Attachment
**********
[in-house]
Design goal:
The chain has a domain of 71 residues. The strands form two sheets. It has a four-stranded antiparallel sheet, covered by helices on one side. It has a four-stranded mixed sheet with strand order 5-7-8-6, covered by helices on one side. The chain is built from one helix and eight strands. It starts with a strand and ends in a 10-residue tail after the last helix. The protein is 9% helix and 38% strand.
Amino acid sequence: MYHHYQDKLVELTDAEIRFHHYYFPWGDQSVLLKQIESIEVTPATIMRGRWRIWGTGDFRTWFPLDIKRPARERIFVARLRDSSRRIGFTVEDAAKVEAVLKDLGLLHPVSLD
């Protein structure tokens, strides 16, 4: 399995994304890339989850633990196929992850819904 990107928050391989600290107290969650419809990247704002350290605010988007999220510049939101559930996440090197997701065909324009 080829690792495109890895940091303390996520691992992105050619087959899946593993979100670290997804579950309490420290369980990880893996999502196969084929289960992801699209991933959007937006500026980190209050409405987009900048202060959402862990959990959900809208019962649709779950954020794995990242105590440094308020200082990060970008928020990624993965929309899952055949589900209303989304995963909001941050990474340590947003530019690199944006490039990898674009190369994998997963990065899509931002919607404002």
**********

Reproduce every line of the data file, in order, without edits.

[in-house]
Design goal:
The chain has a domain of 71 residues. The strands form two sheets. It has a four-stranded antiparallel sheet, covered by helices on one side. It has a four-stranded mixed sheet with strand order 5-7-8-6, covered by helices on one side. The chain is built from one helix and eight strands. It starts with a strand and ends in a 10-residue tail after the last helix. The protein is 9% helix and 38% strand.
Amino acid sequence: MYHHYQDKLVELTDAEIRFHHYYFPWGDQSVLLKQIESIEVTPATIMRGRWRIWGTGDFRTWFPLDIKRPARERIFVARLRDSSRRIGFTVEDAAKVEAVLKDLGLLHPVSLD
């Protein structure tokens, strides 16, 4: 399995994304890339989850633990196929992850819904 990107928050391989600290107290969650419809990247704002350290605010988007999220510049939101559930996440090197997701065909324009 080829690792495109890895940091303390996520691992992105050619087959899946593993979100670290997804579950309490420290369980990880893996999502196969084929289960992801699209991933959007937006500026980190209050409405987009900048202060959402862990959990959900809208019962649709779950954020794995990242105590440094308020200082990060970008928020990624993965929309899952055949589900209303989304995963909001941050990474340590947003530019690199944006490039990898674009190369994998997963990065899509931002919607404002």